Let's Build a TIE Bomber!

Thank you all. I'd use the plastruct but I cannot buy it from where I live.
Perhaps get a piece of 50mm wood dowel and wrap 0.5mm (20 thou) sheet styrene around it, after heating the styrene with a heat gun or immersing in hot water? You could then add a secondary layer of 0.25mm (10 thou) styrene to get it closer to 50.8mm (2").

Edit: I just remembered you can get 0.75mm sheet styrene if you're in the UK.
The problem with PVC is it doesn't come in an actual 2" diameter.
However, for the TIE Bomber I'm making using the Revell Vader TIE kit (85-1878 I think; it is the larger of the various Revell releases usually marked as '1/57' scale but with a roughly 1/32 Vader figure included..), which is 93% the size of the MPC kit, the PVC pipe (1.5 " Schedule 40) is a *perfect* size with a 1-7/8" OD.

Cutting the grooves however was challenging using my crude method (I don't have a lathe either) as the plastic seems to have a 'grain' under a thin, seemingly harder 'skin' layer, reminiscent of wood. But I persisted and it turned out okay... using a wood block, clamp and an old aluminum miter saw fixture as a 'rotational cradle', plus a cast off dental pick as a cutting tool! Call me Rube Goldberg...ha!

I had considered what 1.5" pipe might give if used as a male vacuform plug, after slicing it lengthwise to give two halves... probably could achieve a 2" OD for use with the MPC X-1 TIE.

Cheers! Robert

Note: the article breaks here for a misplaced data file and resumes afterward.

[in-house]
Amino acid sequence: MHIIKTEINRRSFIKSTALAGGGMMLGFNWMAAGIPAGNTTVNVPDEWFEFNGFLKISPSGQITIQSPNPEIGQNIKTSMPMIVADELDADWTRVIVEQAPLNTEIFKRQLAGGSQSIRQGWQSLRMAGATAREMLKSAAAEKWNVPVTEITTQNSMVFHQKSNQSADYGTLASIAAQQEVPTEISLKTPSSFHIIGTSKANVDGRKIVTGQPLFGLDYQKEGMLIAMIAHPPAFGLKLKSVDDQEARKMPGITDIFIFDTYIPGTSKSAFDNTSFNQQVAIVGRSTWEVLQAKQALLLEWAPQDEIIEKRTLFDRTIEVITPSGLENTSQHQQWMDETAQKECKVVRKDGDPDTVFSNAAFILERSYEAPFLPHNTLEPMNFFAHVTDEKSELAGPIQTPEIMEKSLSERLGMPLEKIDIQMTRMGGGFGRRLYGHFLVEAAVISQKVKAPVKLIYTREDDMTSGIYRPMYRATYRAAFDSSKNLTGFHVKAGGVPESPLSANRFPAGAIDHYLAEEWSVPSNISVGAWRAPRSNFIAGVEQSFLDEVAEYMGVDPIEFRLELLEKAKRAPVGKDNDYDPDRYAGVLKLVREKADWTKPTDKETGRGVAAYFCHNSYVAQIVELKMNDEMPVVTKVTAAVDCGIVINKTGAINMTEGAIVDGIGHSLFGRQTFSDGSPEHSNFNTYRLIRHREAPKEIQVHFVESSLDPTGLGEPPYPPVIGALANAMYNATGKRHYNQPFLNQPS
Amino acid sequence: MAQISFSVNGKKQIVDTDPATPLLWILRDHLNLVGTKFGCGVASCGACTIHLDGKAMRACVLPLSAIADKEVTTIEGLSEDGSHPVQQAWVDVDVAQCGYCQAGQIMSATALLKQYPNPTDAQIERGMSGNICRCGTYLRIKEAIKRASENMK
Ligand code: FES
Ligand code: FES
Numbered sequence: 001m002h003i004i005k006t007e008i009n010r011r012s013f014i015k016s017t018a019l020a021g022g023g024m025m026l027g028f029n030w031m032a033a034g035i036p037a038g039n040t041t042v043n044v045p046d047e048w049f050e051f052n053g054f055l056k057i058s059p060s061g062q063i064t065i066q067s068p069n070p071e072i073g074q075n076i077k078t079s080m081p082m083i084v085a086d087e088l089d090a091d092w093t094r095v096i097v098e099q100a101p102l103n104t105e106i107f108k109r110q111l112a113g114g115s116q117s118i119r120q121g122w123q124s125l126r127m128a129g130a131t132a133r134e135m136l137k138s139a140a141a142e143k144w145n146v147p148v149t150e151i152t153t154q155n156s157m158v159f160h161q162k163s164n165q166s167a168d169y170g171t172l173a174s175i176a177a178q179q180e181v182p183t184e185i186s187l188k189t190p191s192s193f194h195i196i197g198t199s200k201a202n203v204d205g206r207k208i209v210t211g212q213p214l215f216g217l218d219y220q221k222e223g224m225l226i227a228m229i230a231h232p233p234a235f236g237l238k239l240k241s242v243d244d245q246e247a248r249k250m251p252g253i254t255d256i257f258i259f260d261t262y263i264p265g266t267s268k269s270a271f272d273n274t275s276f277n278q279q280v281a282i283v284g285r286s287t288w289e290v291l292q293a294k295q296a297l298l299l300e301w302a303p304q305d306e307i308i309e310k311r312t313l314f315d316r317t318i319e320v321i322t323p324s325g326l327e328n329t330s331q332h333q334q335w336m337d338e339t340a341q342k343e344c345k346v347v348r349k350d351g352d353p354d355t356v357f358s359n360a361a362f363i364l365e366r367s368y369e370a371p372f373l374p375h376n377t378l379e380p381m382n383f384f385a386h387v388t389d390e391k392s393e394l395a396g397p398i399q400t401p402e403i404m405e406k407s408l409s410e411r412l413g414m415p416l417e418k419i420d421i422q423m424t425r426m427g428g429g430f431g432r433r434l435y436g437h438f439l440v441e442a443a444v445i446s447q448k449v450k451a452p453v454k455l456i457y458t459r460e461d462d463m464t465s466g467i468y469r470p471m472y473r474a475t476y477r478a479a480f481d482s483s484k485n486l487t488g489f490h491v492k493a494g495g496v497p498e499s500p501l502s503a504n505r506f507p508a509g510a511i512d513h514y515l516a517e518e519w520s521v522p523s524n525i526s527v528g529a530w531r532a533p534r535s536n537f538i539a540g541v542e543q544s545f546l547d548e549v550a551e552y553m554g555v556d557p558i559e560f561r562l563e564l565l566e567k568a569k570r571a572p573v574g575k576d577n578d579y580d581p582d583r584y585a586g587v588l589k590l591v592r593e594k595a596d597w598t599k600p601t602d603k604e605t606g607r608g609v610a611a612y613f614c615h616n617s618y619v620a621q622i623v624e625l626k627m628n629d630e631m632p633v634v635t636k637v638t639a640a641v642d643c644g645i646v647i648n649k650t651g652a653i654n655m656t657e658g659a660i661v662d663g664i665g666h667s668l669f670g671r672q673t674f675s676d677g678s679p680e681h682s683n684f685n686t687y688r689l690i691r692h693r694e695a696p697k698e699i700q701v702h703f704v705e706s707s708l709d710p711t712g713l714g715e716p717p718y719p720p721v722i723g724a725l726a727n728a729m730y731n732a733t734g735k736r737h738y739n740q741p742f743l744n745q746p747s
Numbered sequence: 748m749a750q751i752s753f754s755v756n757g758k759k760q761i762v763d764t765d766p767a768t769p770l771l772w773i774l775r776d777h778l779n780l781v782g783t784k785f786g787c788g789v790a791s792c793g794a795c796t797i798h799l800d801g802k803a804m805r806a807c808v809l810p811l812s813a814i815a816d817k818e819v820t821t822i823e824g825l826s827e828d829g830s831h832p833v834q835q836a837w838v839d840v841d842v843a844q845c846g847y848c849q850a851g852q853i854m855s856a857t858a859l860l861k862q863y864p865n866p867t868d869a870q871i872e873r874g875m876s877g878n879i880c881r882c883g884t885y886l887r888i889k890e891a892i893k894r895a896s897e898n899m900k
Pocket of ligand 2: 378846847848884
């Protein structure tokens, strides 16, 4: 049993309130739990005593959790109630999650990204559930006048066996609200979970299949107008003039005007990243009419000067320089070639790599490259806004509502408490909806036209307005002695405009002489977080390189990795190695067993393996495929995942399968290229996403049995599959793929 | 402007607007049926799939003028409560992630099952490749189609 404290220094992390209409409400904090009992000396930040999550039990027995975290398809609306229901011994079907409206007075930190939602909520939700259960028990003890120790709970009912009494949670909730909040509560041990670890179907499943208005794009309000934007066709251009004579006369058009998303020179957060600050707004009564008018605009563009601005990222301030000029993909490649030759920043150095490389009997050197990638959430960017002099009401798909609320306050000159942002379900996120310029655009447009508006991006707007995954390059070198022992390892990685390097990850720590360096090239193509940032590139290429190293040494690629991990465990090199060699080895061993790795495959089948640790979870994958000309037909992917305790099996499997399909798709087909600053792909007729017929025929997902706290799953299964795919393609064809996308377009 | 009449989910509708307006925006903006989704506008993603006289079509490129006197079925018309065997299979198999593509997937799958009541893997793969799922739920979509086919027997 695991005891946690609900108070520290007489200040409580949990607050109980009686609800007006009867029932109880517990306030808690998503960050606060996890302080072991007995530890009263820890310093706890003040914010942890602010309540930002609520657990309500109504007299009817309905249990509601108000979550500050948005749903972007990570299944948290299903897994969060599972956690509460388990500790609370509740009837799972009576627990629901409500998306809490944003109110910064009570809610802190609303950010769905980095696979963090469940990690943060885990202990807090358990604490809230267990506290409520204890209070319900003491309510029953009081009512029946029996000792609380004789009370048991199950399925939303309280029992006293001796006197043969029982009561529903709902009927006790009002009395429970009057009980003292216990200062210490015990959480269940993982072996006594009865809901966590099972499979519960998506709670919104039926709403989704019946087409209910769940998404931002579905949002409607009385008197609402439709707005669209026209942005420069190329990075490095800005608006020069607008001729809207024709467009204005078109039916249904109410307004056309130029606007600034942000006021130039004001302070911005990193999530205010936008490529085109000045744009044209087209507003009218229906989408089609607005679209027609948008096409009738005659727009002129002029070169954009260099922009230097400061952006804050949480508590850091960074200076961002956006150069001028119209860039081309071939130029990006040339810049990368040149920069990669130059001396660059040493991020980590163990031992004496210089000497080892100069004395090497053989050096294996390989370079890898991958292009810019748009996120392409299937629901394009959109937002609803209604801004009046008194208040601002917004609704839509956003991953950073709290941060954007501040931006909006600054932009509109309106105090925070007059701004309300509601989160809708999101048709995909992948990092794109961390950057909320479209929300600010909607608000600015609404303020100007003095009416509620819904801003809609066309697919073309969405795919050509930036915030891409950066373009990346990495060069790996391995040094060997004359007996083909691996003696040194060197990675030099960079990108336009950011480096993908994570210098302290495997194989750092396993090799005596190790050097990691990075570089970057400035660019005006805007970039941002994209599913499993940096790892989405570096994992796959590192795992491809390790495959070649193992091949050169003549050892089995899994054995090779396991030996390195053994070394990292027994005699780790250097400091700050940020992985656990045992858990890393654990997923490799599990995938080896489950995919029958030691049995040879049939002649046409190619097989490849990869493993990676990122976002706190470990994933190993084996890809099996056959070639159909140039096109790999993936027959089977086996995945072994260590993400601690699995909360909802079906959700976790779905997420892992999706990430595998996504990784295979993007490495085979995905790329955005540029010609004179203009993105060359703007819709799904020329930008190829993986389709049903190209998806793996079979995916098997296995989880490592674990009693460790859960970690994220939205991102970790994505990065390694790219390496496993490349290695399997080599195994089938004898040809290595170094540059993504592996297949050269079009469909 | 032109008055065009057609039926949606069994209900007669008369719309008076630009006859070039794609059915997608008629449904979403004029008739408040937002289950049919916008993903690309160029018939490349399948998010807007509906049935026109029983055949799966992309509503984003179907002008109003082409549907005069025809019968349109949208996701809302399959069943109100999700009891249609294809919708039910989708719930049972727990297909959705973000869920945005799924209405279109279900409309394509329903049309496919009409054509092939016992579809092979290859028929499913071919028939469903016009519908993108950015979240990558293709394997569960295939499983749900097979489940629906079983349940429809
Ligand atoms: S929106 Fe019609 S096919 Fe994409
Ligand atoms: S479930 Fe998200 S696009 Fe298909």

April 12, 2024

This post was supposed to be about me learning to cast parts. It's not. Yes, I learned how to make an open face mold, it didn't work and then it did. That all I've got in me to talk about it.

What was interesting to me was starting on the wings. When I got me armature from Jonathan, he was kind enough to include some beautiful castings of the wing roots/connectors. I had some interesting decisions ahead of me. The cast parts already had some of the greeblies on them. Greeblies that I had bought kits for and some I already had. My goal at the outset was to have a model made from original kit parts but this new development would certainly make things easier. My compromise was to cut off the greeblies and then replace them with the ones from the kit.

At this point I started laying out the parts to get an idea of placement.


I used the connector as a template and marked out the hole for the mount and the cuts on the Leopold parts.




It was at this point stress started kicking in. I had to mark where the access hole for the wing mount. What if it wasn't straight. I'll have to make sure the connector piece is centered. What if it's not? I'll have to cut those Leopold parts with a curve to but up against the connector. What if they're not perfect?

I have years of experience dealing with my brain when it gets like this. Basically I end up walking away and coming back when it's settled down. The problem is my brain knows it. Taking a break turned into fear masking as procrastination. I was a afraid of screwing up and doing something irreversible that would require having to spend more money on kits. More than that, I really didn't know where to start. What order of gluing things in place made the most sense? It was at that point I leaned into a quote for fellow RPF member, Adam Savage: "Trust the process, not the plan."